Emancipation came at a time when Bermuda was still hungry for labour. The construction of the Dockyard was greatly enhanced in 1823 by the arrival of convicts. Housed on several prison hulks moored off the Dockyard, they were put to work on various tasks until 1863. It was noted that:
“the Convict Establishment was the greatest moving power by the manual efforts of which the Dock Yard as we behold it, with its breakwater to protect it from the violence of storms, and the lofty fortifications for its defence in war, have been constructed”.
Two convict hulks were also moored at the eastern end of St. George’s, the former capital, now a UNESCO World Heritage site. If they behaved well, convicts could be pardoned or take a ‘ticket-of-leave’ in the Australian colonies. They were not allowed to settle on the island as residents objected to this.
Working conditions in Bermuda were harsh. In the sub-tropical climate, the heat of the sun was strong. Quarrying limestone was particularly back-breaking work. Many men suffered from acute ophthalmia, as their eyesight was damaged by light reflected off the white stone they worked on. Separated from their families, drunkenness became a problem amongst all men who worked in the Dockyard. It was stated that rum could be “obtained disproportionately cheap in comparison with the necessaries and salutary luxuries of life”. Those intoxicated in the Dockyard could have their wages docked, or even risk dismissal. Even convicts could obtain spirits through intermediaries. Men suffering from alcohol withdrawal or dependency were sent to the hospital, while convicts were sent to the Tenedos hospital ship. Overseers noted that men who drank too much became careless and disrespectful. Their bodies became weak, and susceptible to disease. Epidemics of yellow fever frequently wiped out scores of convicts and military personnel. In this climate, outbreaks of unrest and insubordination were frequent.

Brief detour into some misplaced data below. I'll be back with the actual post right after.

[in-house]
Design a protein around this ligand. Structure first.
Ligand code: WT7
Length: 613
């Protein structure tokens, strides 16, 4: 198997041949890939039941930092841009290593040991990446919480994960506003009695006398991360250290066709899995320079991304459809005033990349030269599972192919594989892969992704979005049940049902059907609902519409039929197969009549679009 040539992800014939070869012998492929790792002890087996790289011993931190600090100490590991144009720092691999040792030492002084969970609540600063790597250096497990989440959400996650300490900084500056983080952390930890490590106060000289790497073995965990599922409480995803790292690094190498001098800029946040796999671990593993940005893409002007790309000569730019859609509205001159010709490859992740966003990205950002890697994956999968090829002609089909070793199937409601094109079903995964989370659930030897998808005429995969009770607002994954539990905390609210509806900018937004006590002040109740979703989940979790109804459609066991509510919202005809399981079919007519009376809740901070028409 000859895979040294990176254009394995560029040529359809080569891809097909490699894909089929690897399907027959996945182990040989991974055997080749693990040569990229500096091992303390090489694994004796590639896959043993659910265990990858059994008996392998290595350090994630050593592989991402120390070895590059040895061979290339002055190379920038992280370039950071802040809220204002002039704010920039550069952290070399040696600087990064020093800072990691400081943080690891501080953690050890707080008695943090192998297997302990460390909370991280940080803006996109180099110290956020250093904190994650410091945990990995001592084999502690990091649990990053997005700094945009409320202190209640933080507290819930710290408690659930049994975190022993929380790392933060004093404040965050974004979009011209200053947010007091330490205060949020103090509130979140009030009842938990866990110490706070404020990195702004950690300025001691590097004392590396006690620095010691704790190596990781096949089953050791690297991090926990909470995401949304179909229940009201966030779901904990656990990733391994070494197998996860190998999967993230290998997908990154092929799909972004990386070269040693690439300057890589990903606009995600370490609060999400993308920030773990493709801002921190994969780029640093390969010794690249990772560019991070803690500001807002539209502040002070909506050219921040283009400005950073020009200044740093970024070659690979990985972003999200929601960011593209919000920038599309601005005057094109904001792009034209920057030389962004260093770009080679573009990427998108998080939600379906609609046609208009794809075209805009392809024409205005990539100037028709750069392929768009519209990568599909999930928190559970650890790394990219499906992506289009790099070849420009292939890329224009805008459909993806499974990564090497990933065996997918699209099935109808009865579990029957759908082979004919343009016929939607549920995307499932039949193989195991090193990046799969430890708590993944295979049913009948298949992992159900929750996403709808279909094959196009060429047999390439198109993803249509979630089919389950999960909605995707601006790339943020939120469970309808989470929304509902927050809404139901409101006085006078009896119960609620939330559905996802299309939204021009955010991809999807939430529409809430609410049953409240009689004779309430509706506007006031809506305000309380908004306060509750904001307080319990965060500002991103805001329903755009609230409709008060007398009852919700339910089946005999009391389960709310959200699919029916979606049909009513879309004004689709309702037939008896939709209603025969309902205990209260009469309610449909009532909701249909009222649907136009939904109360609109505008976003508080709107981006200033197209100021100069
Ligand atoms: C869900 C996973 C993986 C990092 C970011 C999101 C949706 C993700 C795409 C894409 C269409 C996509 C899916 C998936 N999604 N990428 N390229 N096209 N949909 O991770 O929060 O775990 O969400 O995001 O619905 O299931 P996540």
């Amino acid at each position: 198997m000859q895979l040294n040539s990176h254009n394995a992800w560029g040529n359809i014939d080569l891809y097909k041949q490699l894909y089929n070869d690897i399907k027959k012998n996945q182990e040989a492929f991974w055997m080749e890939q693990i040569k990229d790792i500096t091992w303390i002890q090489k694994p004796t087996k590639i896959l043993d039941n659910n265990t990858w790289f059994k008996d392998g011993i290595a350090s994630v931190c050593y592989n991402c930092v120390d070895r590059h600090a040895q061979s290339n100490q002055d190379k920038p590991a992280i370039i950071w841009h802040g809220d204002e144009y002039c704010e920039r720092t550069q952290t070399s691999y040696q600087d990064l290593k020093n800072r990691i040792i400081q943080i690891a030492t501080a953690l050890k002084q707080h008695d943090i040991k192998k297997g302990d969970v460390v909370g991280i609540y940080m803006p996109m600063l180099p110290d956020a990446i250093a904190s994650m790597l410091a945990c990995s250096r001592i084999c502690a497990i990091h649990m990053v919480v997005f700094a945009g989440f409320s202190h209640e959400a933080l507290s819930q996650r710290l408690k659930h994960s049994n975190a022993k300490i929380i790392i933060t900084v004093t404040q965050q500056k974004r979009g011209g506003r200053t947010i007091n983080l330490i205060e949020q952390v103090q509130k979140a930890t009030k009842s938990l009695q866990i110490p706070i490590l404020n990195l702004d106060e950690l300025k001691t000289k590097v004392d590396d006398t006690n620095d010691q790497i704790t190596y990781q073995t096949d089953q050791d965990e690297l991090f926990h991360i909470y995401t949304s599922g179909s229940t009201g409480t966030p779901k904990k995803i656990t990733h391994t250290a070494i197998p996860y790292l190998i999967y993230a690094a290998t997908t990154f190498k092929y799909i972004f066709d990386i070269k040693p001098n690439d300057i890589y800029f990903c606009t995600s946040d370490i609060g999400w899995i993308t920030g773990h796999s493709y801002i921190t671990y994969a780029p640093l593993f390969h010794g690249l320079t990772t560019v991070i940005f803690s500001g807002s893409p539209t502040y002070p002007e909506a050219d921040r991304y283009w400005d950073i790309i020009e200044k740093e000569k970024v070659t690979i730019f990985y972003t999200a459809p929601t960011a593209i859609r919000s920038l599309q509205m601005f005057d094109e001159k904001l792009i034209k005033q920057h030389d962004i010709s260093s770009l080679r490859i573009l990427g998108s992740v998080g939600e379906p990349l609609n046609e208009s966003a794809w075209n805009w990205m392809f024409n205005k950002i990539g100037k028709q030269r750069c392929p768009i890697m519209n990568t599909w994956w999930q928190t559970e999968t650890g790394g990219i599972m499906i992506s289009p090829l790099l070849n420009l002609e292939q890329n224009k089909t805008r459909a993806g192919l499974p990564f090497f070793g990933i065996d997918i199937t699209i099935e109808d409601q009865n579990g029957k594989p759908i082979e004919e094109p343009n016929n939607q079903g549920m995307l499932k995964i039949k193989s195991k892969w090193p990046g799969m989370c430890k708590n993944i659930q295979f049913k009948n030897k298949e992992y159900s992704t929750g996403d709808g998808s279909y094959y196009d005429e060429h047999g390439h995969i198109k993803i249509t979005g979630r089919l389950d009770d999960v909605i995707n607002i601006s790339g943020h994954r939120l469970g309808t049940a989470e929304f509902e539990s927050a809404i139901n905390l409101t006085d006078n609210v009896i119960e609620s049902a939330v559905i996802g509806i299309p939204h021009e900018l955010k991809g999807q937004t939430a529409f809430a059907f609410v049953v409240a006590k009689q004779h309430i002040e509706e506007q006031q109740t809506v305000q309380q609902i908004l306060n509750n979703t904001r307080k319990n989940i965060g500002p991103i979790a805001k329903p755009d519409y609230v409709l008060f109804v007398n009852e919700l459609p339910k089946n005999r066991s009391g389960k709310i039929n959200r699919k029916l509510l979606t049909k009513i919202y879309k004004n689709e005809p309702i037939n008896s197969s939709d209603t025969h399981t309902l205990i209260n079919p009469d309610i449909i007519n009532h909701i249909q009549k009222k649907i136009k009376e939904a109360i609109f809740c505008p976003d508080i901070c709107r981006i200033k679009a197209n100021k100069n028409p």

Summary of types of worker employed at Bermuda (LAD/29)
The document LAD/29 shows us that the Dockyard at Bermuda was a mixed site of individuals. Desperate for labour, officials used manpower from a range of sources; these included contacted labourers and prisoners of war, formerly enslaved refugees, military servicemen and convicts. Bermuda’s continuous development as a military and naval base after the American Revolution led to it becoming known informally as the ‘Gibraltar of the West’. Now a popular tourist destination, over half a million visitors each year are lured by the promise of pink sandy beaches and turquoise-blue seas. Cruise ships and private yachts jostle for position in the Great Sound where prison hulks were once moored, next to the bustling Dockyard complex built by the hands of free and unfree labourers.
To find this essay in the archive catalogue search finding reference LAD/29